|dc.identifier.citation||Tarawali, S.A. (2000). An approach for the evaluation of herbaceous legumes with multiple benefits. In R.J. Carsky, A.C. Eteka, J.D. Keatinge & V.M. Manyong (Eds), Cover crops for Natural Resource Management in West Africa: Proceedings of a Workshop Organizes by IITA and CIEPCA, 26-29 October, 1999. Ibadan, Nigeria: IITA, (p. 71-94).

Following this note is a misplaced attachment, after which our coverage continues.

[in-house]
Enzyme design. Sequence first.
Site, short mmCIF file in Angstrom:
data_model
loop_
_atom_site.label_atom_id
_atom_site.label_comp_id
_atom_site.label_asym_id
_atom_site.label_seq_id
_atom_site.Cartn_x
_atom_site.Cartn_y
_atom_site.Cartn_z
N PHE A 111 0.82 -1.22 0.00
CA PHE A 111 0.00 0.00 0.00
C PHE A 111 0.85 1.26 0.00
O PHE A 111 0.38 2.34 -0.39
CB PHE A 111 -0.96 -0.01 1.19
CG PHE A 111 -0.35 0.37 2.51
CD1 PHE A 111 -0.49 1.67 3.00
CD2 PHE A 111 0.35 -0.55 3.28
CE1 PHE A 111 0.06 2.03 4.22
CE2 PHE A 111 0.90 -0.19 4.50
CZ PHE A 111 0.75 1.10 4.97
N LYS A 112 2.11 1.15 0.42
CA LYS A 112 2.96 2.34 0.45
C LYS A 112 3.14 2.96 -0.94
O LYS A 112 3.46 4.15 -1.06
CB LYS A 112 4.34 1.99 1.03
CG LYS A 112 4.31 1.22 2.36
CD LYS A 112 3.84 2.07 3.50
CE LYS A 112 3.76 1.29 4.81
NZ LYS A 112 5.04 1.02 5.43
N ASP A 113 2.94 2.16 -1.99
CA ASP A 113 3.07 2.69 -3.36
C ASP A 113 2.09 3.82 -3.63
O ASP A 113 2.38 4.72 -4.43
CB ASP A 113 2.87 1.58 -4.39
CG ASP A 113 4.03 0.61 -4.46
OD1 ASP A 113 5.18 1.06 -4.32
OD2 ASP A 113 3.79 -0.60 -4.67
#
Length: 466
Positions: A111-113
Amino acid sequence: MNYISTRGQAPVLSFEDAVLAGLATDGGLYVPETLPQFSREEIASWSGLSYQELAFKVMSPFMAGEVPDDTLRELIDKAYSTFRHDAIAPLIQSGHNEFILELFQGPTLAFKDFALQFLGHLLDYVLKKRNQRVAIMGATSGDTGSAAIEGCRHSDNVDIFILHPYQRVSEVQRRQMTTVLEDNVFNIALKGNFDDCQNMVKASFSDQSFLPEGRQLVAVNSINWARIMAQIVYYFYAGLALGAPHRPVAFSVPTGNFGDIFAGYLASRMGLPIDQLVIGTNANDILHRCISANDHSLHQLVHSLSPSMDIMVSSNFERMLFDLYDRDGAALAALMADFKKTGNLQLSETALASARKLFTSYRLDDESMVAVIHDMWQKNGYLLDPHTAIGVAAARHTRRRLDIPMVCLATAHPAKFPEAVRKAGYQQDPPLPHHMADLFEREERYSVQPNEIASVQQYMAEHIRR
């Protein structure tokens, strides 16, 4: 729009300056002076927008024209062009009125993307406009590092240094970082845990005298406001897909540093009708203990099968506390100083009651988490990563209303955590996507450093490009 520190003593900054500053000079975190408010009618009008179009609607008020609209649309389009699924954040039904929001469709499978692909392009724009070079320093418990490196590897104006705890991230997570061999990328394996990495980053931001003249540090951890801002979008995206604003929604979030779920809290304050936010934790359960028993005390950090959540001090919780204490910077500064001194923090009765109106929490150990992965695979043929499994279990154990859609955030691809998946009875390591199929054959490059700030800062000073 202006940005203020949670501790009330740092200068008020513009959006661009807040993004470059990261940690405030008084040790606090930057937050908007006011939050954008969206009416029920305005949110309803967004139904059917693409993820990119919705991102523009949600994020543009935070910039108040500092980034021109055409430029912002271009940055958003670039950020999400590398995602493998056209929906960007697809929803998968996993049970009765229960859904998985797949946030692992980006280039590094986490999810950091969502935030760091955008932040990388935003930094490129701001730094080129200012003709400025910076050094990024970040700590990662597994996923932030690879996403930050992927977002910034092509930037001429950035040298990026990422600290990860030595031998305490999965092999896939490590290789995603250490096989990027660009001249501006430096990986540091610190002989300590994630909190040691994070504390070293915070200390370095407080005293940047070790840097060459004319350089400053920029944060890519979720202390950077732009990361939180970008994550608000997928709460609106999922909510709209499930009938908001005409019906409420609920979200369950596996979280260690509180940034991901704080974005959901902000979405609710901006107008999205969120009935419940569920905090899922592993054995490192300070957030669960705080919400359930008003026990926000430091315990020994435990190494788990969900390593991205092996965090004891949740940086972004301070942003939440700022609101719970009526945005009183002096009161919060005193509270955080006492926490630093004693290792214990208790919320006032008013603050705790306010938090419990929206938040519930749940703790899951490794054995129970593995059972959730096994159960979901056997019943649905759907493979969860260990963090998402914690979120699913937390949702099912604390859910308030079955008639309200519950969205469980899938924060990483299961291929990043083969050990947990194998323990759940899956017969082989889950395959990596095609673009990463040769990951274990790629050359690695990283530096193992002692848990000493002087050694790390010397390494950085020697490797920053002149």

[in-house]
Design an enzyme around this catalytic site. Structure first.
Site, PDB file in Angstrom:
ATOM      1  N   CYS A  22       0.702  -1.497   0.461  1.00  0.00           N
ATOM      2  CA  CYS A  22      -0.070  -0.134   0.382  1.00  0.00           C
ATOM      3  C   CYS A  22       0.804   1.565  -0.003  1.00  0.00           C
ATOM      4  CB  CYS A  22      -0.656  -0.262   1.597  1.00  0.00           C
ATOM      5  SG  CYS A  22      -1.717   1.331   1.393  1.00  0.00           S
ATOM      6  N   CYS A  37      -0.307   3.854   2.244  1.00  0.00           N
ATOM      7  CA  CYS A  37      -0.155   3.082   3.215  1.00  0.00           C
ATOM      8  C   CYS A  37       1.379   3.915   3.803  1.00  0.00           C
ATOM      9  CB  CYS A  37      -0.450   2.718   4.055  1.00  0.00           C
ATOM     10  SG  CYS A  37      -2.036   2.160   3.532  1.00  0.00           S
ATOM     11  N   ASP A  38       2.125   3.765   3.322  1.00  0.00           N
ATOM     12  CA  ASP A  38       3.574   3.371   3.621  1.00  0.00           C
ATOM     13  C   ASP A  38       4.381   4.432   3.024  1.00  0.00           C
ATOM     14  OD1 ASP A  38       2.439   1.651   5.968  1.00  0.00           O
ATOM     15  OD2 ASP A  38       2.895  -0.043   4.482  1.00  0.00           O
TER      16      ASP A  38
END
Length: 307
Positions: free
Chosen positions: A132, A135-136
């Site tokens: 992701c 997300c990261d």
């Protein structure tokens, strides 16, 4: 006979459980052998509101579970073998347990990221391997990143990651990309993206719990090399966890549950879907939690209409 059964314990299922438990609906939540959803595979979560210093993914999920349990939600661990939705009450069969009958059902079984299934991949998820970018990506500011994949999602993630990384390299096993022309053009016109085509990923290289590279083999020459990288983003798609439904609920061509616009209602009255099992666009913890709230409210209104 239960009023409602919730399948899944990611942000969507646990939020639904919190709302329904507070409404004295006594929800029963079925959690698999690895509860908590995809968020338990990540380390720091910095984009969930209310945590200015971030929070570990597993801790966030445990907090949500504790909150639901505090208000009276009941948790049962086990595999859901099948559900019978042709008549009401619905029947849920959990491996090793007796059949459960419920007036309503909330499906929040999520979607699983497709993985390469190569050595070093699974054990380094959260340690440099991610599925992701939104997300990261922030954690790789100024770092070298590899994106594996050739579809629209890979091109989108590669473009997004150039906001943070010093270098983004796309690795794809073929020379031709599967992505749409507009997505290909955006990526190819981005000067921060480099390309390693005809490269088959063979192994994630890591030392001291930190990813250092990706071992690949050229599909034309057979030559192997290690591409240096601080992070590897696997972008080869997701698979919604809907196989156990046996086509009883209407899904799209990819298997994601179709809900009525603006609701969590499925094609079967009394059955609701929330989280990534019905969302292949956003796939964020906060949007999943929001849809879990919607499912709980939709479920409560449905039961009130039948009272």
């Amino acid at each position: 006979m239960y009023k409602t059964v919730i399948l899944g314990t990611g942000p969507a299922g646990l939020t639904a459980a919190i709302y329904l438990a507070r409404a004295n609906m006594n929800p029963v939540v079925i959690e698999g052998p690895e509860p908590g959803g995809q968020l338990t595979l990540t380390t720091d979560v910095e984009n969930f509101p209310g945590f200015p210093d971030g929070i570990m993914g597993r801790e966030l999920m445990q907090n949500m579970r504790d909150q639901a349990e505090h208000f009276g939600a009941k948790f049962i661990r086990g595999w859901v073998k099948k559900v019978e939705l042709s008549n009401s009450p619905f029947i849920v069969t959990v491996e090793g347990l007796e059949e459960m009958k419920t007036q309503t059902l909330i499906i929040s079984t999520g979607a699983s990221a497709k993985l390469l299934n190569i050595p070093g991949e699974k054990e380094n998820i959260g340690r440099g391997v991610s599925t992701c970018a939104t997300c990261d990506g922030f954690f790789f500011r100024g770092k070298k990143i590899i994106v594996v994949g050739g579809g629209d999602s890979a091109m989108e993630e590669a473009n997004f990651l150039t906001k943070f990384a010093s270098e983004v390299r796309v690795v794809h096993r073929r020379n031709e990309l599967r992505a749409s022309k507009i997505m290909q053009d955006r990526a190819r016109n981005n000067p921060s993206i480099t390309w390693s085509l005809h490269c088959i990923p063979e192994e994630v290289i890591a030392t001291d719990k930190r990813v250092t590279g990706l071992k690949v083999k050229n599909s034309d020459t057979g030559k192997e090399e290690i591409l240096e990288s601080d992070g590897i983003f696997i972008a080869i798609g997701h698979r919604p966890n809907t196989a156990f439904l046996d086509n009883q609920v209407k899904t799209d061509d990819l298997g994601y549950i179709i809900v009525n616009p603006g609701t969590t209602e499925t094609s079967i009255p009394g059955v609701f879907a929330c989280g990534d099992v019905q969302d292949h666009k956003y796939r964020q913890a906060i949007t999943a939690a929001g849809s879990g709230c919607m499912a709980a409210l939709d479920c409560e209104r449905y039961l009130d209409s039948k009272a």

|dc.description.abstract||In order to promote the identification of herbaceous legumes that may contribute to weed control, soil fertility, crop production, and livestock enterprises, as a means of encouraging sustainable agricultural practices amongst resource-poor farmers, an evaluation method using a simple sampling approach is described. To illustrate the method, result from one experiment in the derived savanna of Nigeria conducted over a period of 2.5 years are presented. The experiment included 14 accessions of single legume species, 9 mixtures of species, and 4 grain-legume accessions (soybean and cowpea). Mixtures of species, including combinations of rapidly establishing and slowly establishing but more persistent species, were designed to stabilize yield and minimize the risk involved in introducing herbaceous legumes. Although the biomass production of the mixtures was less than the best single species, they did remain stable over the evaluation period. Whilst the rapidly establishing species disappeared from the mixtures after the establishment year, the other components were able to compensate for this, and mixtures had relatively stable yields throughout the period. Grain legumes produced substantial biomass only during the establishment year, but have the potential to contribute to systems where farmers' circumstances permit the use of inputs. Such variations, together with those relating to speed of establishment, biomass production, and persistence over the evaluation period, are discussed with respect to the need to identify species or mixtures that are suitable for farmers' socioeconomic circumstance as well as biophysical conditions.